State Fights Plan to Cut Carbon Emissions
Plan would cut emissions by 34% and costs for state, Walker administration figures show. So why the resistance?
In mid-November, the environmental advocacy group Clean Wisconsin held a press conference to announce some excellent news. Its in-house analysis showed Wisconsin well-positioned to meet the challenge posed by the U.S. Environmental Protection Agency’s “Clean Power Plan.”
“EPA’s proposal is a practical, reasonable and achievable step toward healthier air and a higher quality of life in Wisconsin,” said Keith Reopelle, the group’s senior policy director.The proposed plan, unveiled in June, calls on Wisconsin power plants to reduce their carbon pollution 34 percent below 2012 levels by the year 2030. A Clean Wisconsin report said this goal, meant to stem the negative impacts of a warming climate, could be achieved while also bringing major public health benefits, boosting economic growth, and lowering energy bills.
Oh happy day.
Then, on the cusp of the EPA’s Dec. 1 deadline for receiving comments on its plan, the Public Service Commission of Wisconsin submitted a 119-page response, packed with harsh criticism.
Two of the three PSC commissioners and the secretary of the Wisconsin Department of Natural Resources, all appointees of Republican Gov. Scott Walker, charged that the proposal “seriously penalizes Wisconsin relative to other states,” because it gives insufficient credit for carbon reductions already achieved. They collectively decried “major flaws” in the EPA’s approach.
A group of state lawmakers said the plan would “send utility costs skyrocketing” while having “a chilling effect on job creators big and small.” Walker, in a statement, said the plan would be “a blow to Wisconsin residents and business owners.” He cited PSC estimates that the new rules would cost between $3.3 billion and $13.4 billion. That averages out to between $220 million and $893 million a year through 2030.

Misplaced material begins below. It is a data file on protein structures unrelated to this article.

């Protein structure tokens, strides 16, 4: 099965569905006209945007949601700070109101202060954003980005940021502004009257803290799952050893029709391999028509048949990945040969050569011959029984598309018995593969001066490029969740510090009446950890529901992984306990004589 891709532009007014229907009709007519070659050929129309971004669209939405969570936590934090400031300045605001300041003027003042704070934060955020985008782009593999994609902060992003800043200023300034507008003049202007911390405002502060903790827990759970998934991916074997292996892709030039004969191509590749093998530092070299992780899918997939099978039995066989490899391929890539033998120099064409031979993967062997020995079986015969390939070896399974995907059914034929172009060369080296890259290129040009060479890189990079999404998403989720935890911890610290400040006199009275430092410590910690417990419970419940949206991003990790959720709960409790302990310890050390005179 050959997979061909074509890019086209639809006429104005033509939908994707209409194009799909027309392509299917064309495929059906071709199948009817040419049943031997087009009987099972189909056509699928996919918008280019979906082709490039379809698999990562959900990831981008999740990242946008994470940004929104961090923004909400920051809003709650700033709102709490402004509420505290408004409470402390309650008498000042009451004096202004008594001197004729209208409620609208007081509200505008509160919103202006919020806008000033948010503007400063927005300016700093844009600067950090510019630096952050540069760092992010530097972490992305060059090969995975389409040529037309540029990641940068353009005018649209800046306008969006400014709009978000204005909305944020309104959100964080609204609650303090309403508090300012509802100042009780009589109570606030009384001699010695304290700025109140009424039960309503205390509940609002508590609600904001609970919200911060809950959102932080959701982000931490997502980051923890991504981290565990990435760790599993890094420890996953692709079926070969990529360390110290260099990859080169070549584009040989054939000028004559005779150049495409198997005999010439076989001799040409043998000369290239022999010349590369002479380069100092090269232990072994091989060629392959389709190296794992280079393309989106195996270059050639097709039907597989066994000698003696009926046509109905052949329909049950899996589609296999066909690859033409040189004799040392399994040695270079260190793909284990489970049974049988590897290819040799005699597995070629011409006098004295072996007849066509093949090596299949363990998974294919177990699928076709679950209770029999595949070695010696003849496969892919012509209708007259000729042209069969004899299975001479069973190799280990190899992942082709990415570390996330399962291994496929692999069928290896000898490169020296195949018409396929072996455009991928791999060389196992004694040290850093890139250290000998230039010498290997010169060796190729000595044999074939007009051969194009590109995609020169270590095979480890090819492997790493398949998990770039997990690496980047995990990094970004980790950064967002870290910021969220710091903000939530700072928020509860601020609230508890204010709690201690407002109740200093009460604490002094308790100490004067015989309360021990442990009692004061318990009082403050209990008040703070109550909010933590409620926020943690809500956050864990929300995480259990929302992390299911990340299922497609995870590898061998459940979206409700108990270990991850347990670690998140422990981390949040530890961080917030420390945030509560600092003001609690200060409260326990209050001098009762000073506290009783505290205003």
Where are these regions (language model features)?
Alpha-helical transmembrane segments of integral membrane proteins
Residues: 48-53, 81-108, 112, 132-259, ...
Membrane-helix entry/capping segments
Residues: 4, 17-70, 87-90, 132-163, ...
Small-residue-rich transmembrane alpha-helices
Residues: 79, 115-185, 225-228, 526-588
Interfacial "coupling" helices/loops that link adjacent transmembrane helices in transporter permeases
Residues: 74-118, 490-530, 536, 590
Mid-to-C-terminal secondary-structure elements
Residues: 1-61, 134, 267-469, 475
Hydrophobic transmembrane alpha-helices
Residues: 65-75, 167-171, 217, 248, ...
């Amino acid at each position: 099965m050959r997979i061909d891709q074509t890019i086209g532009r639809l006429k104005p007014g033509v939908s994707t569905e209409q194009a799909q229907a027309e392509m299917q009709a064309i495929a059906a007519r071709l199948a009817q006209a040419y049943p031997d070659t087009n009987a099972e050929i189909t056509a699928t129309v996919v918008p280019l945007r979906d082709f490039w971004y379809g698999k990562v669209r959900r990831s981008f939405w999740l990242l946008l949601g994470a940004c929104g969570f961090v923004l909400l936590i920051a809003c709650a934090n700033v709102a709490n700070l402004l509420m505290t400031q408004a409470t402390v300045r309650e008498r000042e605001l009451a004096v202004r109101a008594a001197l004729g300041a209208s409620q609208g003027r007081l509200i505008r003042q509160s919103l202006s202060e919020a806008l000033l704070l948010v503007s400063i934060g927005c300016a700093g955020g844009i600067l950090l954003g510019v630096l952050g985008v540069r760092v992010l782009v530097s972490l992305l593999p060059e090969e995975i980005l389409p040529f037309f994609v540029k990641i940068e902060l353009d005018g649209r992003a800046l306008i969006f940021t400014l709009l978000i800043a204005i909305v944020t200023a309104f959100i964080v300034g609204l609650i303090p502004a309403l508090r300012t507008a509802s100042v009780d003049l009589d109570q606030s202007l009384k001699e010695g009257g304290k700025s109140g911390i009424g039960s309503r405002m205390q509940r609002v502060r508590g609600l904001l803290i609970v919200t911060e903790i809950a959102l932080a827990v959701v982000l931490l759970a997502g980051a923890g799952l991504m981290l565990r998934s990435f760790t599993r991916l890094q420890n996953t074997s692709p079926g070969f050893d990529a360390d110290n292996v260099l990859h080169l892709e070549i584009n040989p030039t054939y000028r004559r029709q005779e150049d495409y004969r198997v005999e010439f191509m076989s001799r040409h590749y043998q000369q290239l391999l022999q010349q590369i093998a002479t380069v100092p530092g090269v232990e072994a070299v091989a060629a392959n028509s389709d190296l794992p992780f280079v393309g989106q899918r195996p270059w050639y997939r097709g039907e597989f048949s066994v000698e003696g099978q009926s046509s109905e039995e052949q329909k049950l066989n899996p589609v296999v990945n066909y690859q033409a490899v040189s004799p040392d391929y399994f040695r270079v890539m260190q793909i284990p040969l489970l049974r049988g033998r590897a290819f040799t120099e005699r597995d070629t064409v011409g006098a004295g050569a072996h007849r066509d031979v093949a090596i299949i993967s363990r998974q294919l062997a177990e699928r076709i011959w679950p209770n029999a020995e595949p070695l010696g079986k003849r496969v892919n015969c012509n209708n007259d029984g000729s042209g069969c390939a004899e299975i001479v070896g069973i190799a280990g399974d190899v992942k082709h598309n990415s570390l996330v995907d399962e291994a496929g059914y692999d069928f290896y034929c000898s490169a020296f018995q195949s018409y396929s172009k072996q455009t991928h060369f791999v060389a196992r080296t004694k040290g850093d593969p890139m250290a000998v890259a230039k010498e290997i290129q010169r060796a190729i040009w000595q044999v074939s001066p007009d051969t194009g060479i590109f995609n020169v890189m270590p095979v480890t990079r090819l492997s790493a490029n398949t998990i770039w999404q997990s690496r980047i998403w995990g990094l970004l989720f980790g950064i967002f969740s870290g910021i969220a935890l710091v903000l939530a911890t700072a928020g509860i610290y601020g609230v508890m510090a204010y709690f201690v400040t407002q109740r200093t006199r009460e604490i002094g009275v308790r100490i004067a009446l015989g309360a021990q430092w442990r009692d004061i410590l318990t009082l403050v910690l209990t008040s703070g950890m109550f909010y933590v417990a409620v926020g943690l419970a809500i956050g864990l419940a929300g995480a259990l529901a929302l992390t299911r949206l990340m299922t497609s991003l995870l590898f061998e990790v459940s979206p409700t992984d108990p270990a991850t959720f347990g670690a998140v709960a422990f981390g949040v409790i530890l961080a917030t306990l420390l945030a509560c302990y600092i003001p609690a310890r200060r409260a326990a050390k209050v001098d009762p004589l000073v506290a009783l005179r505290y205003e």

Walker’s statement also says Wisconsin has “invested approximately $10.5 billion over the past 15 years” to reduce carbon emissions, increase renewable energy and improve energy efficiency. That averages out to $700 million a year.
Um, don’t these numbers mean the estimated costs of the EPA plan would be comparable to and perhaps lower than what state utilities have already been spending?
Reopelle, of Clean Wisconsin, which in a separate matter is now suing the DNR over its alleged failure to adopt new federal air quality standards, said his group’s efforts to get the state to highlight the benefits and not just the costs of stricter carbon limits went largely unheeded.
From 2011 through the first half of 2014, the state’s five investor-owned gas and electric utilities reported spending $2.8 million lobbying for changes in state law or policy. During this period, Clean Wisconsin’s lobby costs totaled just over $300,000.
And from 2010 through July 28 of this year, more than $1 million flowed to partisan candidates for legislative and statewide offices from employees and political action committees of gas and electric utilities, according to the nonpartisan Wisconsin Democracy Campaign. Three-quarters of this has gone to Republicans.
Reopelle, while doubting that money is the only factor, thinks the state is too focused on what one group of stakeholders — utility companies — would like to see happen, and too dismissive of the economic benefit of pursuing carbon cuts. But he’s optimistic the new standards will be adopted, and that the utilities will find ways to comply without succumbing to doom and gloom scenarios.
“When the rules are published,” he said, “they’re really going to have no choice.”
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